Discussion in 'CivRev - General Discussions' started by LAPIII, Oct 2, 2016.
Vendor city by LAPIII posted Oct 2, 2016 at 9:12 PM
Let's say you have 10 pop in your city. 9 workers are working on 9 trees. One is left in the city. That will be a Laborer that produces an hammer only.
After a certain amount of population, there will be vendors and traders. Vendors produce 1 hammer and 1 trade each, Traders produce 1 hammer and 2 trade each. In your example, 12 workers are not working in the city, while other 5 are in the city. I don't remember at which step laborer become vendors etc... (hardly ever reach that much population). It must be something around 7-11 population (assuming all your workers are not working in the city).
It's based off the city population when the surplus works in the city. Surplus meaning, there are no tiles for the worker to use even if it tried. Every 6 population upgrades the surplus worker to the next stage. They go from +1 hammer +0 trade up to +1 hammer +5 trade. In order: Laborer, Vendor, Trader, Merchant, Importer, Exporter. You can't go any higher because the population cap on cities is 31. Only 6 workers of each type are allowed.
It works in an odd way because when the worker goes to the city, he provides the maximum amount he can based on the city population first, then it goes down the list to the lower stages. This is really strange but it means that cities without courthouses, or those over 20 population with a courthouse (as cities can only work 8/20 tiles respectively), will earn the most from city workers first.
Example 1: City size 10, 8 workable tiles. You can only work 8 tiles, so 2 guys will work in the city. You're at population 10, so each guy becomes a Vendor giving +1hammer +1trade.
Example 2: City size 10, 2 workable tiles. You can work 2 tiles, so 8 guys will work in the city. You're at population 10, so the first 6 guys become Vendors giving +1hammer +1 trade, and the remaining 2 become Laborers giving +1hammer +0 trade.
Example 3: City size 31, 20 workable tiles. Surplus of 11 workers at 31 population, which become 1 Exporter, 6 Importers, and 4 Merchants.
Example 4: City size 31, 8 workable tiles. Surplus of 23 workers 31 population, which become 1 Exporter, 6 Importers, 6 Merchants, 6 Traders, 4 Vendors.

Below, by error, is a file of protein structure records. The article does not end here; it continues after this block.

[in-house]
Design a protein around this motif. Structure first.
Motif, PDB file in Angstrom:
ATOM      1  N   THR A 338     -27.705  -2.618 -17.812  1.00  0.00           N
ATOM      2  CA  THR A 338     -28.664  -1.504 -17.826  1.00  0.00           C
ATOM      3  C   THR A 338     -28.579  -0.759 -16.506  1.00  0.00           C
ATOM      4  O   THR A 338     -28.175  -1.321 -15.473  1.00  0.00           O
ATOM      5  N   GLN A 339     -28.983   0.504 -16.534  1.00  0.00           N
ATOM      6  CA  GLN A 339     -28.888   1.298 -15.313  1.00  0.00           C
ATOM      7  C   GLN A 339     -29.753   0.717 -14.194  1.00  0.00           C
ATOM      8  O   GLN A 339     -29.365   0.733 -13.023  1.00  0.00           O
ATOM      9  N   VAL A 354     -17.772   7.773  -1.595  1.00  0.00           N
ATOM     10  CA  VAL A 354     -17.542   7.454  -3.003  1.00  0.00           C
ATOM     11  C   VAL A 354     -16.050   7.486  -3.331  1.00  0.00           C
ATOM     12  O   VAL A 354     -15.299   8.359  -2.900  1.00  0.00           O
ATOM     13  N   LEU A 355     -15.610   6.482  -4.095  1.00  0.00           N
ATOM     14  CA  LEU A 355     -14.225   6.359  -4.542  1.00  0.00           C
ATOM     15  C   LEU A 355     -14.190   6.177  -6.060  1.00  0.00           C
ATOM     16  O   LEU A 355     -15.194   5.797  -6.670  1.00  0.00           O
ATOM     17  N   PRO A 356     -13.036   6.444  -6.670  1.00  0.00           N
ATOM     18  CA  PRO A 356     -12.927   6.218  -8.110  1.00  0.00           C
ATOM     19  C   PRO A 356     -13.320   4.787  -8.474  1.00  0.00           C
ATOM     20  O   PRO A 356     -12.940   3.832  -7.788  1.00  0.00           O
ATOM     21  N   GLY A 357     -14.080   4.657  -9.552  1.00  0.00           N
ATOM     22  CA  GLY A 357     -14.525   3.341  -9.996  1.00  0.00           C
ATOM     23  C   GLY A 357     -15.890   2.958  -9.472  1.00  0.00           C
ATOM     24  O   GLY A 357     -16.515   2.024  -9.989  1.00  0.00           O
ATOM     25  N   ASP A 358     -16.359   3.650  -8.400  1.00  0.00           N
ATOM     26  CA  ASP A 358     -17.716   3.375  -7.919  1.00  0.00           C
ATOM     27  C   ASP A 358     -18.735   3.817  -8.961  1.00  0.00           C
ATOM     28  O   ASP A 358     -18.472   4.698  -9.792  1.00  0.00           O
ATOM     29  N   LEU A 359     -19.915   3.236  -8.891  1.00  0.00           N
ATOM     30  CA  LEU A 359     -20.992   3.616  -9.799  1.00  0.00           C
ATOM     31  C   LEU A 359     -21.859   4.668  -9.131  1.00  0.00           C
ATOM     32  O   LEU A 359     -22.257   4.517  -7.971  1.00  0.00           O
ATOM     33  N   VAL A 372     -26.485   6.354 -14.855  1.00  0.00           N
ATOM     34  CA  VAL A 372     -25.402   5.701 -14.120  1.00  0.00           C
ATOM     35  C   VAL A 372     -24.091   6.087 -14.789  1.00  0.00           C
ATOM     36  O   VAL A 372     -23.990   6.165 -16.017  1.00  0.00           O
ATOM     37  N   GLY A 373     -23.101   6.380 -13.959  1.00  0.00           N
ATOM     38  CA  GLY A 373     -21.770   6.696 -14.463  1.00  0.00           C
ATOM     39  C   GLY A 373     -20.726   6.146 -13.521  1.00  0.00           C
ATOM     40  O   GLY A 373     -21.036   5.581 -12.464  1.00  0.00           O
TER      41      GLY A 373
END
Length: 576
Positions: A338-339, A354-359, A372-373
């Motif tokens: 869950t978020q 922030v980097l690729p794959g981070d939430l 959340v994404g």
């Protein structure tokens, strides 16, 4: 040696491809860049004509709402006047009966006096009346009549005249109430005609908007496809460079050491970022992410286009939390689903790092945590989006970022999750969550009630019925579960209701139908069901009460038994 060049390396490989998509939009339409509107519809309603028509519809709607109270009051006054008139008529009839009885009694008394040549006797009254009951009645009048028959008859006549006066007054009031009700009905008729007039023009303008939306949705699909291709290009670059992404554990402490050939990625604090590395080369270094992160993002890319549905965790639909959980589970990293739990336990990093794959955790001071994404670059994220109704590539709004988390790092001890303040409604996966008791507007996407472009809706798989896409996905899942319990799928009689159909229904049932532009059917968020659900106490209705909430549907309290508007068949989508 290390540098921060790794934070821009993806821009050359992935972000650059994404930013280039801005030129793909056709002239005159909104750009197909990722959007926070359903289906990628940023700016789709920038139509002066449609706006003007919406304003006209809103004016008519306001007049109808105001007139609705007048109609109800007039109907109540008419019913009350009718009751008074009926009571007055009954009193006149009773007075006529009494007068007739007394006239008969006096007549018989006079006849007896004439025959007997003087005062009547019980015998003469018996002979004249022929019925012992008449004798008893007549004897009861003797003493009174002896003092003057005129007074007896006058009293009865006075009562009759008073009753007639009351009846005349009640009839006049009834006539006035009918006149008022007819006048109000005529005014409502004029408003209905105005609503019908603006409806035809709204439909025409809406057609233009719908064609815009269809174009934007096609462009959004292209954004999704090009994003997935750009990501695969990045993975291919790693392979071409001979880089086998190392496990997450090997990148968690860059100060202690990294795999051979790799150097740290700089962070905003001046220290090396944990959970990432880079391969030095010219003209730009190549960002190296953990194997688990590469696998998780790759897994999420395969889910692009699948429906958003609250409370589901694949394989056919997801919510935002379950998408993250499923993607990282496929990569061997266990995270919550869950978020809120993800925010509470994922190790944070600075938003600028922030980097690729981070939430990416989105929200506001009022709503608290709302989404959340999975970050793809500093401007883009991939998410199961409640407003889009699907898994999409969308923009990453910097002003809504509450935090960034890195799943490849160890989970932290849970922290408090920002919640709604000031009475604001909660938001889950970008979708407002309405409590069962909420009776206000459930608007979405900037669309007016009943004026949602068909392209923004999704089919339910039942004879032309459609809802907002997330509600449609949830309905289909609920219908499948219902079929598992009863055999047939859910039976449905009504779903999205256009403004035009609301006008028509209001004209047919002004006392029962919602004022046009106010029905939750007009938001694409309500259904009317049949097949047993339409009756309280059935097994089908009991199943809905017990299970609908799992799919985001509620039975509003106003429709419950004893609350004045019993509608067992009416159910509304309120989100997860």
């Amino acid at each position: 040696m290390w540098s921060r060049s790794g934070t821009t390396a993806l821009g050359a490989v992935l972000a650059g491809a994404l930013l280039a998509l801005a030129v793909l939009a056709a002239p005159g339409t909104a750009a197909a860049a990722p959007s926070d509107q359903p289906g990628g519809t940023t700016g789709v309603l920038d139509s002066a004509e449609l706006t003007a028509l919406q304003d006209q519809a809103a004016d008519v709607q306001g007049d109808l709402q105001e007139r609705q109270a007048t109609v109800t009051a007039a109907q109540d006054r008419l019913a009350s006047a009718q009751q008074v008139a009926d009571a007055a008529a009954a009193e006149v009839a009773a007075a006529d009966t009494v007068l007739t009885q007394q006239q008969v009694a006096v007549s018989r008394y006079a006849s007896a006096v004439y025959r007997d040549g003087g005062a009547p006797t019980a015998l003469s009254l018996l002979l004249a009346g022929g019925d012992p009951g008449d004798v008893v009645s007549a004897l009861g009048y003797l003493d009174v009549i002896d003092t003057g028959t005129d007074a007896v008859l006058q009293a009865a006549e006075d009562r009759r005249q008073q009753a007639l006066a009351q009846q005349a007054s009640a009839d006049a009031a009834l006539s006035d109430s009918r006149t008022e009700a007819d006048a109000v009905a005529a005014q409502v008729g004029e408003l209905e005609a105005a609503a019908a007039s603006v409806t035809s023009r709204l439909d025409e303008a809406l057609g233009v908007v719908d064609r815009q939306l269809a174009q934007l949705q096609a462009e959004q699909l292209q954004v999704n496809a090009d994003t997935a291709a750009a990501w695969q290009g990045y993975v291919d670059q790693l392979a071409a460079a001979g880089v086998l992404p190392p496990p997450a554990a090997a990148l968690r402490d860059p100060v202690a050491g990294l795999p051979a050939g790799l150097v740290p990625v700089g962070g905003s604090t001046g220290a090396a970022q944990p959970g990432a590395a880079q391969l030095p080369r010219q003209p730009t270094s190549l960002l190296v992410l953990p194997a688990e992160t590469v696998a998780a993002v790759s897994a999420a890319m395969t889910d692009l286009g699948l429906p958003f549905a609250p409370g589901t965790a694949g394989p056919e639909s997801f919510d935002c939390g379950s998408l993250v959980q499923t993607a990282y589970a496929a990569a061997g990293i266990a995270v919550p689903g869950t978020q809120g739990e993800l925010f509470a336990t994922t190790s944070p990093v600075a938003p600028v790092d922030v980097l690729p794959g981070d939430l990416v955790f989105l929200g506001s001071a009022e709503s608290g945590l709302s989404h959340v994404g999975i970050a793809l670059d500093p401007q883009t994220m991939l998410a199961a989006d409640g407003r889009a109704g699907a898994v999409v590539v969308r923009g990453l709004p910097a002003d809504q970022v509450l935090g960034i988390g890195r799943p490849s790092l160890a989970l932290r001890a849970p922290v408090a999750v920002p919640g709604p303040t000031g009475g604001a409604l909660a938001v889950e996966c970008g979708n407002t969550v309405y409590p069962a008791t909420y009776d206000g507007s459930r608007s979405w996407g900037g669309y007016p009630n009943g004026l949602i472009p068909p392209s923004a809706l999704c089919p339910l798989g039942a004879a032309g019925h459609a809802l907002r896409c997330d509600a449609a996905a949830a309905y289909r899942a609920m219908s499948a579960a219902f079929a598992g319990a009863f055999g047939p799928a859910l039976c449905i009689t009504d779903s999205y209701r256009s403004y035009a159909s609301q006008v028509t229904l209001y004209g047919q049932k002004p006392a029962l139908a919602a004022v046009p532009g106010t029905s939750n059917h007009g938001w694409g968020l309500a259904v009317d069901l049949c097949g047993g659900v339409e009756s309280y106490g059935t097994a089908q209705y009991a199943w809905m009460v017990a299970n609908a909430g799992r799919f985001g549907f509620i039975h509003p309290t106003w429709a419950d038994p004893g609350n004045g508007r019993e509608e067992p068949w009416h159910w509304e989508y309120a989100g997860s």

You can see this in real time by moving workers in and out of the city when it has more population than the tiles it can work; the Laborers will be the first ones subtracted when put out to work tiles and the highest level you can support (based on population) last.
Even the final stage (+1 hammer +5 trade) is only equivalent to working a single 2 hammer tile in the Modern age (24 techs) and you'll only ever see one of those guys because of the pop cap. It's always more efficient in the long run to work tiles with at least 2 hammers, or as many total trade titles as you can without paying any mind to waste time growing (you can work more tiles faster by expanding than growing).
In any case, cities max out at 31 population so you can only have up to 31 population working in the city, so 6 of each stage 1-5, and one of stage 6, for a grand total of +31 hammers and +65 trade before multipliers. After exchange rates between gold/hammers, that's equivalent to up to +44 raw hammers in the modern age or +96 gold or science, though you can't multiply hammers converted to gold/science by anything in the city ot Democracy.
The final math is that on average, a population working in the city only gives +1 hammer +2 trade, which is only equal to 2 hammer tile before 5 techs, and gets significantly devalued from there as you continue to advance. Considering the amount of time it would take to grow an average city to the point that it could have meaningful city workers (20+, after you run out tiles to work altogether) this is not worth it, at least generally.
There are lots of cases where the hammers themselves are meaningful, though for purposes of getting science or converting gold into hammers, it's *always* better to work trade tiles instead with the population assuming you can. This only becomes more true as you advance through the eras and the gold/hammer conversion rate gets worse and worse. Along with the opportunity-cost of growing to have more total pop, it's an even worse idea to work the city than working trade tiles only if you have no hammer tiles.
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